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Courage: This Is What It Takes

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By Joan Lamar (Nov 7, 2016)
We don't speak a lot about courage these days, and we don't see an abundance of examples of it. Instead, our celebrity-saturated culture holds up a sort of adolescent, self-centered narcissism as a model to emulate. Even our political candidates display much of that same strain.

But a recent conference I attended at the Portsmouth Institute for Faith and Culture in Rhode Island had as its theme the virtue of courage.

In a talk entitled "Are We Ashamed of the Gospel?" renowned Princeton University scholar Robert George spoke about the kind of courage necessary today to be authentic witnesses to the Gospel. He said that, as Catholics, if we are open about our beliefs and how those beliefs inform our private and public lives, then a price is demanded of us. In other words, "there are costs to discipleship."

But on the other hand, if we are silent about Catholic teaching about life, marriage, and human sexuality, we will be safe in this culture — "still socially acceptable," he said.

A courageous Catholic witness — a Catholic who makes it evident that he or she is not afraid to accept and proclaim the Gospel — is taking risks and is prepared to make sacrifices. George said that Catholic teaching on marriage and on life is an integral part of the Gospel. And "if we are to be authentic witnesses to the Gospel, we must proclaim these truths along with all the rest." So we can't pick and choose. And we can't be silent.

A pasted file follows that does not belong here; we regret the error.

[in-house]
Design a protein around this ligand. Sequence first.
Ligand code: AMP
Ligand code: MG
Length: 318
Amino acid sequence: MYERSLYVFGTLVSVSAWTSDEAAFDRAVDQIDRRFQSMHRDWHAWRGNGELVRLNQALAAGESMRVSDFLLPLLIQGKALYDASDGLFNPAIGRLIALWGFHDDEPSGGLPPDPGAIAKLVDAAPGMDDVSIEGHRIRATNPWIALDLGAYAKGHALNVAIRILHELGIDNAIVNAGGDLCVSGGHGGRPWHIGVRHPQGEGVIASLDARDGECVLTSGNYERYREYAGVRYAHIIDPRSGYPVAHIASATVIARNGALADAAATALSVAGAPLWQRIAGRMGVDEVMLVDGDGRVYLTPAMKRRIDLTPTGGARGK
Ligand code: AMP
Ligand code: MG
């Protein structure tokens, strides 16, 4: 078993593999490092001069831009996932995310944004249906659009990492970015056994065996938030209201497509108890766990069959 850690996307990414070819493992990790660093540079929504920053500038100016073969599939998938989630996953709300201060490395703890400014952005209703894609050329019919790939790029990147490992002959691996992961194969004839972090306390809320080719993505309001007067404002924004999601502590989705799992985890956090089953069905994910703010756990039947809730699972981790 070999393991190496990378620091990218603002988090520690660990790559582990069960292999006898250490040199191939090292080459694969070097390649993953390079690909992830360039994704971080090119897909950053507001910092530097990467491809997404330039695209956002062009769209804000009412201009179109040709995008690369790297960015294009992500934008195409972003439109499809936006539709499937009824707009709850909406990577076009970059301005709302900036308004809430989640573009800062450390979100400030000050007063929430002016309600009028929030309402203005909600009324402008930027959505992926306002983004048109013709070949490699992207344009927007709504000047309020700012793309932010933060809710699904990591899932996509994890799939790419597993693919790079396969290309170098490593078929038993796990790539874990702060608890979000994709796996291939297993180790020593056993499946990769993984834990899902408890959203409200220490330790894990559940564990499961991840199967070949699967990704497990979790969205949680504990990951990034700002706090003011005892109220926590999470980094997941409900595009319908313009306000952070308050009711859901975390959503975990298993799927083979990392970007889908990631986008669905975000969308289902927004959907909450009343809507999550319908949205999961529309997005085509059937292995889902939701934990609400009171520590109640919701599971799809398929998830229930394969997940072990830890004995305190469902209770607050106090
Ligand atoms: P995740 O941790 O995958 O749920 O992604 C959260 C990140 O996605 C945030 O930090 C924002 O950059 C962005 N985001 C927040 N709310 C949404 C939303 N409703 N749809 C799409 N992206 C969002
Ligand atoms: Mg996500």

But there is pressure in the culture to yield on the teachings on life and marriage, he added.

George said that we have the same challenges that Peter had in accepting the Gospel and the truth of Christ. Peter denied Christ three times. He fled when Christ was arrested. Our questions today come in a different form, he said. "The questions Christ is asking us today [concern whether] we believe in the dignity of human life and the sanctity of marriage between a man and a woman."

Do we stand with Christ and the teachings of the Church on these issues? Or do we stand with the culture on these issues — a culture that has redefined what marriage is? A culture that aborts the weakest of its members in their mothers' wombs?

"Will we flee? Or will we stand faithfully at the foot of the Cross in solidarity with Jesus?" George asked.

Standing at the foot of the Cross requires courage. It will probably require a certain amount of suffering, too — a sort of "white" or bloodless martyrdom. We may lose some of our secular friendships. We may risk our social standings. If we are in certain sectors of the workforce, such as academia or in a progressively minded corporation, we may even lose our livelihood. But we won't lose our souls. And if we are courageous witnesses, we will not only save our own soul, but the souls of others, too. And salvation is the goal of the Christian life.

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